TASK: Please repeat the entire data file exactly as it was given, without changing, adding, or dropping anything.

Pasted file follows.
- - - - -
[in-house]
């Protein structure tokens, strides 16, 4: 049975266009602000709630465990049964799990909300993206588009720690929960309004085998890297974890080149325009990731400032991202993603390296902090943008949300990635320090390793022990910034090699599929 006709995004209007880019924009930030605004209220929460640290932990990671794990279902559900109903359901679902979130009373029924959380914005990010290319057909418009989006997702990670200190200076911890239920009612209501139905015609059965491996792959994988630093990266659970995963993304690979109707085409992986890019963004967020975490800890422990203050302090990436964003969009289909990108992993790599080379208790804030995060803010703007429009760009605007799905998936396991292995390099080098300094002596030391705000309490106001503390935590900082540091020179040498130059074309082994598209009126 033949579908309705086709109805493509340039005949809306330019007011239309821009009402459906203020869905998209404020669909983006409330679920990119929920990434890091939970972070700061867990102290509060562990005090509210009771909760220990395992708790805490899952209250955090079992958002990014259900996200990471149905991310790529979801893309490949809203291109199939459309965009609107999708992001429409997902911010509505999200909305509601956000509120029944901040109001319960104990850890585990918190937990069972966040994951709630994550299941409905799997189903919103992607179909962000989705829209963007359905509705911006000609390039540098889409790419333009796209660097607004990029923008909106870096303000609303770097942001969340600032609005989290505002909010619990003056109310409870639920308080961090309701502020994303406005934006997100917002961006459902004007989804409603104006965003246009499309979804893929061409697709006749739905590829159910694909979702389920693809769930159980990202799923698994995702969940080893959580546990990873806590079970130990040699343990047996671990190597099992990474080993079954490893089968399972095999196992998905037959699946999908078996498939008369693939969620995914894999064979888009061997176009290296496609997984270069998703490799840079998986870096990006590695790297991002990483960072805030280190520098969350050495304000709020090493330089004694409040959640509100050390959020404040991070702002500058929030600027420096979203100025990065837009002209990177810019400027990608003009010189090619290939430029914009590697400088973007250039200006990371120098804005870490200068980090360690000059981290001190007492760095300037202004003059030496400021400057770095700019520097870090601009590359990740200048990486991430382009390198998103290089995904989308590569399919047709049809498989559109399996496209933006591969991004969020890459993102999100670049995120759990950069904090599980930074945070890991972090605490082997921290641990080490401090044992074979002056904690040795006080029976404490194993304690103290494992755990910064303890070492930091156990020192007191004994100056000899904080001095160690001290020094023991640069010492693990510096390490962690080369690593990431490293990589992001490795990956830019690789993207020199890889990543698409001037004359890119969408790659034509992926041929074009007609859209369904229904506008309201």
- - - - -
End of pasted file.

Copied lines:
[in-house]
């Protein structure tokens, strides 16, 4: 049975266009602000709630465990049964799990909300993206588009720690929960309004085998890297974890080149325009990731400032991202993603390296902090943008949300990635320090390793022990910034090699599929 006709995004209007880019924009930030605004209220929460640290932990990671794990279902559900109903359901679902979130009373029924959380914005990010290319057909418009989006997702990670200190200076911890239920009612209501139905015609059965491996792959994988630093990266659970995963993304690979109707085409992986890019963004967020975490800890422990203050302090990436964003969009289909990108992993790599080379208790804030995060803010703007429009760009605007799905998936396991292995390099080098300094002596030391705000309490106001503390935590900082540091020179040498130059074309082994598209009126 033949579908309705086709109805493509340039005949809306330019007011239309821009009402459906203020869905998209404020669909983006409330679920990119929920990434890091939970972070700061867990102290509060562990005090509210009771909760220990395992708790805490899952209250955090079992958002990014259900996200990471149905991310790529979801893309490949809203291109199939459309965009609107999708992001429409997902911010509505999200909305509601956000509120029944901040109001319960104990850890585990918190937990069972966040994951709630994550299941409905799997189903919103992607179909962000989705829209963007359905509705911006000609390039540098889409790419333009796209660097607004990029923008909106870096303000609303770097942001969340600032609005989290505002909010619990003056109310409870639920308080961090309701502020994303406005934006997100917002961006459902004007989804409603104006965003246009499309979804893929061409697709006749739905590829159910694909979702389920693809769930159980990202799923698994995702969940080893959580546990990873806590079970130990040699343990047996671990190597099992990474080993079954490893089968399972095999196992998905037959699946999908078996498939008369693939969620995914894999064979888009061997176009290296496609997984270069998703490799840079998986870096990006590695790297991002990483960072805030280190520098969350050495304000709020090493330089004694409040959640509100050390959020404040991070702002500058929030600027420096979203100025990065837009002209990177810019400027990608003009010189090619290939430029914009590697400088973007250039200006990371120098804005870490200068980090360690000059981290001190007492760095300037202004003059030496400021400057770095700019520097870090601009590359990740200048990486991430382009390198998103290089995904989308590569399919047709049809498989559109399996496209933006591969991004969020890459993102999100670049995120759990950069904090599980930074945070890991972090605490082997921290641990080490401090044992074979002056904690040795006080029976404490194993304690103290494992755990910064303890070492930091156990020192007191004994100056000899904080001095160690001290020094023991640069010492693990510096390490962690080369690593990431490293990589992001490795990956830019690789993207020199890889990543698409001037004359890119969408790659034509992926041929074009007609859209369904229904506008309201």